Max Staller

Closed (1) Simulating the 3D conformations of intrinsically disordered transcriptional activation domains

Applications for fall 2021 are now closed for this project.

It is now clear that roughly a third of the amino acids in human proteins are intrinsically disordered and do not fold into a single 3D structure. Some of these regions transiently fold when bound to partners, but many simply wiggle between many confirmations. These disordered regions cannot be visualized by most structural biology methods and are difficult to simulate with traditional molecular dynamics. Instead, we use all atom Monte Carlo simulations that been optimized for disordered sequences to simulate the different conformations these proteins can inhabit. We focus on the activation domains of transcription factors, regions that bind to coactivator protein complexes. Transcription factors contain activation domains and separate DNA binding domains. DNA binding domains are conserved, structured and can be predicted from amino acid sequence. Activation domains are intrinsically disordered and poorly conserved.


Running all atom Monte Carlo simulations on the Savio cluster. Analyzing the trajectories of these simulations on the Savio cluster. Exploratory analysis of which features of the trajectories are correlated with activity.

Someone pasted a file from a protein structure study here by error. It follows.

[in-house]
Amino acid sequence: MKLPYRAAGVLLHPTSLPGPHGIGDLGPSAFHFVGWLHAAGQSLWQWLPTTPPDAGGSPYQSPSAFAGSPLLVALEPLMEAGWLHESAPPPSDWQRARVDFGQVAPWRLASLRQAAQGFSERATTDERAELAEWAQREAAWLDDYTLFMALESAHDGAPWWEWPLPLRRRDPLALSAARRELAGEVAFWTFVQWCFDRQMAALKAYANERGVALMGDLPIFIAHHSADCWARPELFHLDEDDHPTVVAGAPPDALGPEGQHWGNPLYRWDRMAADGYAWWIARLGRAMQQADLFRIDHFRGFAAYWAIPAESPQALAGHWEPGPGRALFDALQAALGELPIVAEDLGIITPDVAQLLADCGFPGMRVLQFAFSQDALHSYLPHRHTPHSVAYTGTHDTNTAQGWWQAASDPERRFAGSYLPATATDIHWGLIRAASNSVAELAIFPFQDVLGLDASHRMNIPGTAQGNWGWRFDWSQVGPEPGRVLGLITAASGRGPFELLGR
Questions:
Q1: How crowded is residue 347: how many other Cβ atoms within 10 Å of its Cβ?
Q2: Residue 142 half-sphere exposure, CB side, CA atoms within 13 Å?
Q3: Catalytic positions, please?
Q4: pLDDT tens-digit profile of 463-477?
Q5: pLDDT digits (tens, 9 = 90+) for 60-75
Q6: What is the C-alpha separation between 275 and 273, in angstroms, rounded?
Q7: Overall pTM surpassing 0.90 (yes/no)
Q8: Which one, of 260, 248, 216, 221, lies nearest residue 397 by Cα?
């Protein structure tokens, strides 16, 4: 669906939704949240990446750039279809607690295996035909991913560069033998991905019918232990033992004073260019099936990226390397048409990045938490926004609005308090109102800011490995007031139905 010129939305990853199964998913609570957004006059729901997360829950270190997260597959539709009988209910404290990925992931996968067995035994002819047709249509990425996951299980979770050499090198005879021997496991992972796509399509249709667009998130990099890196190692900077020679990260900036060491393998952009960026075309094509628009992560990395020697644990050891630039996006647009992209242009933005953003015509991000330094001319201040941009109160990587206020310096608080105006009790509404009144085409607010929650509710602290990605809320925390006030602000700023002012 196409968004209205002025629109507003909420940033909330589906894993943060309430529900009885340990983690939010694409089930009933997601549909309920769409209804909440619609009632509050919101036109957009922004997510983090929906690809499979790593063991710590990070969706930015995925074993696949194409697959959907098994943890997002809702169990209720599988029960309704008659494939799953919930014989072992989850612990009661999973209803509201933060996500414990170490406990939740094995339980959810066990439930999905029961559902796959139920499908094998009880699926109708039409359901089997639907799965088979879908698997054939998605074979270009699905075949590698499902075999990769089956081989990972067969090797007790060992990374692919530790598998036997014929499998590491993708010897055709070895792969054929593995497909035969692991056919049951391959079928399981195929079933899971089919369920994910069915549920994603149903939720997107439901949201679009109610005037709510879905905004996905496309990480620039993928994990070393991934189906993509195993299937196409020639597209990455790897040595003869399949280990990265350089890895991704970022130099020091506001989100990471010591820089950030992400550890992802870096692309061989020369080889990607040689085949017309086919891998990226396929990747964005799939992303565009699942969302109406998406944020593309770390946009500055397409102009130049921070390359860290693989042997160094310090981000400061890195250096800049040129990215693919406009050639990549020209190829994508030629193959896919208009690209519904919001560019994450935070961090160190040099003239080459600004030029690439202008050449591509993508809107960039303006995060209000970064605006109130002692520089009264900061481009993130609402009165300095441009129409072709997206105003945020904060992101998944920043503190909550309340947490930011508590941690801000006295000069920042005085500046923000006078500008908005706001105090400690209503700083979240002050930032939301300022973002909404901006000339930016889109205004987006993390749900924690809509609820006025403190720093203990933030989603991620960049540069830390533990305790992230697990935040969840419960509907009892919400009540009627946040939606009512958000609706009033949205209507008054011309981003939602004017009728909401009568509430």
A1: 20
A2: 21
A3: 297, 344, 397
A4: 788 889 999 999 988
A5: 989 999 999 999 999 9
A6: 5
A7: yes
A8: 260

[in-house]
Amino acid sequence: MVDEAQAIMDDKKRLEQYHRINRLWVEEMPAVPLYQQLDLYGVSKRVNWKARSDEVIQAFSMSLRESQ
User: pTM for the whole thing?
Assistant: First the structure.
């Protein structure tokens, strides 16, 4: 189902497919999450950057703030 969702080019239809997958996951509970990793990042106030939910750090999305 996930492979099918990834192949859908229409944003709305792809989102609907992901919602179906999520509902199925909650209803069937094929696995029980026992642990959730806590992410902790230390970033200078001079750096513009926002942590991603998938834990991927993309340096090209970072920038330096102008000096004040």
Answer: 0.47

Qualifications: Coursework in introductory biology. Computer programming in python. Experience with command line programming or working with the Savio cluster would be very helpful but is not required.

Weekly Hours: 9-11 hrs

Off-Campus Research Site: It is possible to complete this project remotely via Zoom

Related website: http://stallerlab.com

Closed (2) Probing the evolution of transcription factor activation domains

Applications for fall 2021 are now closed for this project.

Transcription factors contain DNA binding domains and separate activation domains that bind coactivator complexes. DNA binding domains are conserved, structured and can be predicted from amino acid sequence. Activation domains are intrinsically disordered (they do not fold into a single 3D structure), poorly conserved and cannot be predicted from amino acid sequence. This project will investigate activation domains from different species of yeast to understand how activation domains evolve. We have evidence that sometimes function is conserved but sequence is not conserved and we believe that these instances will help build better machine learning models for predicting activation domains from protein sequence.


Qualifications: Comparative genomics of yeast transcription factors. Starting with a Multiple Sequence Alignment of transcription factors, look for which residues are more or less conserved in known activation domains. Later, search yeast genomes and proteomes for transcription factors with BLAST or HMMER and make new Making Multiple Sequence Alignments with the hits. Specific qualifications the students should have Coursework in introductory biology. Computer programming in python.

Weekly Hours: 9-11 hrs

Off-Campus Research Site: This project can be completed remotely on Zoom.